Lotus and its petals are invariably found in holy places and on religious icons. They have become part and parcel of oriental art, iconography and painting.
Origin of Lotus in paintings goes back into six millennium old Indus valley civilizations of Mohinjodaro and Harrapa. Those were Dravidian civilizations. They had domesticated draught animals like cows and buffalos, beasts of burden like camels and elephants. They had built utility oriented, residential and storage buildings. They also developed and used picture writing for communication. They also used gems as ornaments.
Prehistoric people had to depend on the earth for all their needs. So they regarded her as a mother. They personified the Earth as a woman. Later a new race of Aryans moved into the Indus valley and ruled over Dravidians. They adopted some of the Dravidian deities, beliefs and customs. They brought with them writing system based on alphabets and vedic epics. Those epics contain Aryan history, mythology heroic tales and deities.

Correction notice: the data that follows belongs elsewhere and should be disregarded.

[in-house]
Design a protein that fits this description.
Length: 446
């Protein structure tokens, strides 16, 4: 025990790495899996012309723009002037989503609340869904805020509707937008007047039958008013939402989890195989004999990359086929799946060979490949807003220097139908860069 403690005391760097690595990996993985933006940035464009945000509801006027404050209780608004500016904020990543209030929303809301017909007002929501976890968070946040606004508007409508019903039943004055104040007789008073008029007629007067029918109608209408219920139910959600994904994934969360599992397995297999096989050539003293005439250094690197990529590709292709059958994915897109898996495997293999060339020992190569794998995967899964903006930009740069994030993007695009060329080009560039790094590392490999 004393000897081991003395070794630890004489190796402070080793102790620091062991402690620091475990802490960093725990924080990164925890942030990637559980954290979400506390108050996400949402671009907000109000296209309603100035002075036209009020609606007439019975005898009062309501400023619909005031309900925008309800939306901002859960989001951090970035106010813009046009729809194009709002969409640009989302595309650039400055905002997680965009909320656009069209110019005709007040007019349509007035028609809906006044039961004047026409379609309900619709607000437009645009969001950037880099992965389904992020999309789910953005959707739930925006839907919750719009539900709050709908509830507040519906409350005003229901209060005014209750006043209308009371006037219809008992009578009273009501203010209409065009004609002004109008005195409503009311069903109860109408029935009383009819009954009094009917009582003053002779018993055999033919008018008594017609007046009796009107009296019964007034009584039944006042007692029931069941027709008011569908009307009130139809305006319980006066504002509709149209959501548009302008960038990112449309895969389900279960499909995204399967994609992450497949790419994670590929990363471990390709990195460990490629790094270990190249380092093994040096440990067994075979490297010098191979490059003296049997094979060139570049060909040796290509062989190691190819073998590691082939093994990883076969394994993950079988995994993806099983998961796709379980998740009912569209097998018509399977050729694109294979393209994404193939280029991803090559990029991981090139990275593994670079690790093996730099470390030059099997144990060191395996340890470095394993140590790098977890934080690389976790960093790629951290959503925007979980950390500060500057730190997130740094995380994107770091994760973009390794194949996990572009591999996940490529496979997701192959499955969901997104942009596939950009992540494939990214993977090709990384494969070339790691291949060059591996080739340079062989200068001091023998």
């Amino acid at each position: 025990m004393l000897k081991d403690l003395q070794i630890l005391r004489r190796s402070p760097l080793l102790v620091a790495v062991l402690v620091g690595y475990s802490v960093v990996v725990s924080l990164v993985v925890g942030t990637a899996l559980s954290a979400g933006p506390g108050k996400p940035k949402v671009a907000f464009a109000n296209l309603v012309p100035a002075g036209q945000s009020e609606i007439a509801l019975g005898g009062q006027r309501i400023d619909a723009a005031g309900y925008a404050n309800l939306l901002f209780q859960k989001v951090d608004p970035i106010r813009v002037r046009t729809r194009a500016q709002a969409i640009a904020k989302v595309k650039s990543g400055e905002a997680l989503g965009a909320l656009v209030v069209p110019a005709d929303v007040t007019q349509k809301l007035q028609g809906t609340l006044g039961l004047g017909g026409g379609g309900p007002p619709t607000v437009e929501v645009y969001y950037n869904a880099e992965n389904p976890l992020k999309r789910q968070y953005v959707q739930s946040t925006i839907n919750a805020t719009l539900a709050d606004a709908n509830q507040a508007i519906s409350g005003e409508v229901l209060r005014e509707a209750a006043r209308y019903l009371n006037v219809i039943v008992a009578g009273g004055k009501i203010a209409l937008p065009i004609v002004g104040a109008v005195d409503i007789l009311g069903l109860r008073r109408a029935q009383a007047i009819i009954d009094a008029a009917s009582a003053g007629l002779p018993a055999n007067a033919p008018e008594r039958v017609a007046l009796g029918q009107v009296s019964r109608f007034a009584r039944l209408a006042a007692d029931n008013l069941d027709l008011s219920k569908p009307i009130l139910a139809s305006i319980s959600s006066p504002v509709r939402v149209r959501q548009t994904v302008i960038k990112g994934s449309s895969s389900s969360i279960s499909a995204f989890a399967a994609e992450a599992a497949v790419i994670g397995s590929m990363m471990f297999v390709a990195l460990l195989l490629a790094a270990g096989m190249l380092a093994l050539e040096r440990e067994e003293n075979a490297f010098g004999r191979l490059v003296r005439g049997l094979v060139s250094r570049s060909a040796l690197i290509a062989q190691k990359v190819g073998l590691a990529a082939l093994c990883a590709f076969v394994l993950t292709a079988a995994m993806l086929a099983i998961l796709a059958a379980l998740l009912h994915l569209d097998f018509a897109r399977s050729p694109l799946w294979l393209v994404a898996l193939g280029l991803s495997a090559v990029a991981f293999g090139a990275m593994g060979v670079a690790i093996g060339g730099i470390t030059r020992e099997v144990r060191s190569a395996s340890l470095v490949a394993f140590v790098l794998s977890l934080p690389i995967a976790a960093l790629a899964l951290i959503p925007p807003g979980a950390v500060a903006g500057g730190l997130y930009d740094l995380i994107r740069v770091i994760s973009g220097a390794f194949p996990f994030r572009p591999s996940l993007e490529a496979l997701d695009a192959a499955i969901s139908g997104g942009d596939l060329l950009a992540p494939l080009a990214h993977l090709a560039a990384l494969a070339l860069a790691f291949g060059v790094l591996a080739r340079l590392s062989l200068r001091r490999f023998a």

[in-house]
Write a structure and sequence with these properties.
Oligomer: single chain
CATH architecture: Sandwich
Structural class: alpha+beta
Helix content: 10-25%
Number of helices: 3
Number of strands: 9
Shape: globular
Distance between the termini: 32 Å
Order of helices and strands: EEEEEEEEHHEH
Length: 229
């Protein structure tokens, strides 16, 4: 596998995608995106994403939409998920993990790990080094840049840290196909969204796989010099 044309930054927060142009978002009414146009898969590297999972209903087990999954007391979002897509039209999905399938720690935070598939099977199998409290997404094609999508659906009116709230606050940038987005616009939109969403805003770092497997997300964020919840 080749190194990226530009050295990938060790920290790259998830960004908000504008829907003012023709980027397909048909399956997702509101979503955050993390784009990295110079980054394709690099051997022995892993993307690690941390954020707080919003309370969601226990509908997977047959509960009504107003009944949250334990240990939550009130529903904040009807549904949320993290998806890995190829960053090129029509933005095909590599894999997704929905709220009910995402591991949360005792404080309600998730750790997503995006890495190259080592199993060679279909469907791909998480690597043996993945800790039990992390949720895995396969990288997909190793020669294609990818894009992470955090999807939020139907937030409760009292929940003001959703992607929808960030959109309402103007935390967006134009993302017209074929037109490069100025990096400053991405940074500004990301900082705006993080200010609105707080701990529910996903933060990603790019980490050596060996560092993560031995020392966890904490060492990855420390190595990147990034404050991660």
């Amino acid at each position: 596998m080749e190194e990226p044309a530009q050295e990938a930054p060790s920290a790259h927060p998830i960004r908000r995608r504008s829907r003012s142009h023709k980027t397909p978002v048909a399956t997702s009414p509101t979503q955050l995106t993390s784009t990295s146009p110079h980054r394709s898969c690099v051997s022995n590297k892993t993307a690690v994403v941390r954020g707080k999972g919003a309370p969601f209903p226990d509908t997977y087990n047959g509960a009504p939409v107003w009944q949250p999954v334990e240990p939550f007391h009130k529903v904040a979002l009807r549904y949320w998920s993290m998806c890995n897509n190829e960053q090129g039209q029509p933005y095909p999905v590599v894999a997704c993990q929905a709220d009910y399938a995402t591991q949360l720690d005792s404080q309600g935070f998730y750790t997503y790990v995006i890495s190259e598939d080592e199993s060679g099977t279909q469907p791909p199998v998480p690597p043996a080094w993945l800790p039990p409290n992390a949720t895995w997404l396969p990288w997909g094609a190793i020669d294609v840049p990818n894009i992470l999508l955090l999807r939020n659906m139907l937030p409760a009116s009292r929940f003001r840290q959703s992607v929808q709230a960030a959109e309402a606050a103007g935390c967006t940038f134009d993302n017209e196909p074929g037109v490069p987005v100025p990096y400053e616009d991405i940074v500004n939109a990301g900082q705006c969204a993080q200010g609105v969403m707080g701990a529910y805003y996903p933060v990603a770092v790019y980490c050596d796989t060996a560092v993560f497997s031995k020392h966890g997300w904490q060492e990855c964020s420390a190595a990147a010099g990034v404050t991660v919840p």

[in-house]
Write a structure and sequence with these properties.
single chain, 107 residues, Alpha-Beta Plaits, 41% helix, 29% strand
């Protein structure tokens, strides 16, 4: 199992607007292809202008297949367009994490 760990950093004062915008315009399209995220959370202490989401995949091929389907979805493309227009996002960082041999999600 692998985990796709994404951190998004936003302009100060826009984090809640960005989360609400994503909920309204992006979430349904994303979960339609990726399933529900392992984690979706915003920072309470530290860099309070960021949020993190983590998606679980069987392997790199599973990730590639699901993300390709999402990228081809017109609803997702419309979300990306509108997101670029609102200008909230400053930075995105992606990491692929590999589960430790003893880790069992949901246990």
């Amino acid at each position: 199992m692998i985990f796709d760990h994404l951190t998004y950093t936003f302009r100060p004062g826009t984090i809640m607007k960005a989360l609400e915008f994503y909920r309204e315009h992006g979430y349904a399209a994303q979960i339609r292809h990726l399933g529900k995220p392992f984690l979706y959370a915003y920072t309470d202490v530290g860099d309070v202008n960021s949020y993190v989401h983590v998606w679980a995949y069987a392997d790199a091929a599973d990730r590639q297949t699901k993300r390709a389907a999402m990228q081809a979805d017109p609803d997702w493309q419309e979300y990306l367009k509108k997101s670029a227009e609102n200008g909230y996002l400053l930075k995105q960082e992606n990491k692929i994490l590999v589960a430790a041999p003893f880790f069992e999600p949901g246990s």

According to those vedic epics origin of this world is yoni which is a lotus flower with 1000 petals. Light opened the lotus petals and Brahmas came out of it and other living creatures also came out of that yoni. From that Lotus came a deity of Sri Goddess or Lotus Goddess. She also represents mother earth.
In Buddhist literature there is a passage referring the Lotus as… “a flower grown in water. Yet it does not get wet. In the same way the Enlightened one is born of the world but He does not get entangled with the carnal life of human beings.” …Buddhist literature also describes that there were five lotus flowers at the beginning of “Bada World” foretelling that there will be five enlightened ones (Buddhas) in this world. So these passages give lotus a high status in Buddhism.
So we can find Lord Buddha statues with a Lotus pedestal. Buddhist version of nativity scene is invariably painted with Bodisatta the child Siddhatta walking on Lotus flowers. Almost every religious building, shrine or edifice is usually adorned with young Lotus petal, aged Lotus petal, upright Lotus petal, or inverted Lotus petal.
Incidentally one of the motifs of Myanmar painting is Kanote which is nothing but twisted, curved, entwined or curled up lotus stems. (note: yoni means female sex organ in Sanskrit.)
Sourced: Myanmar Culture Traditions and Scenery, Cultural Varieties
by U Than Pe, Tour guide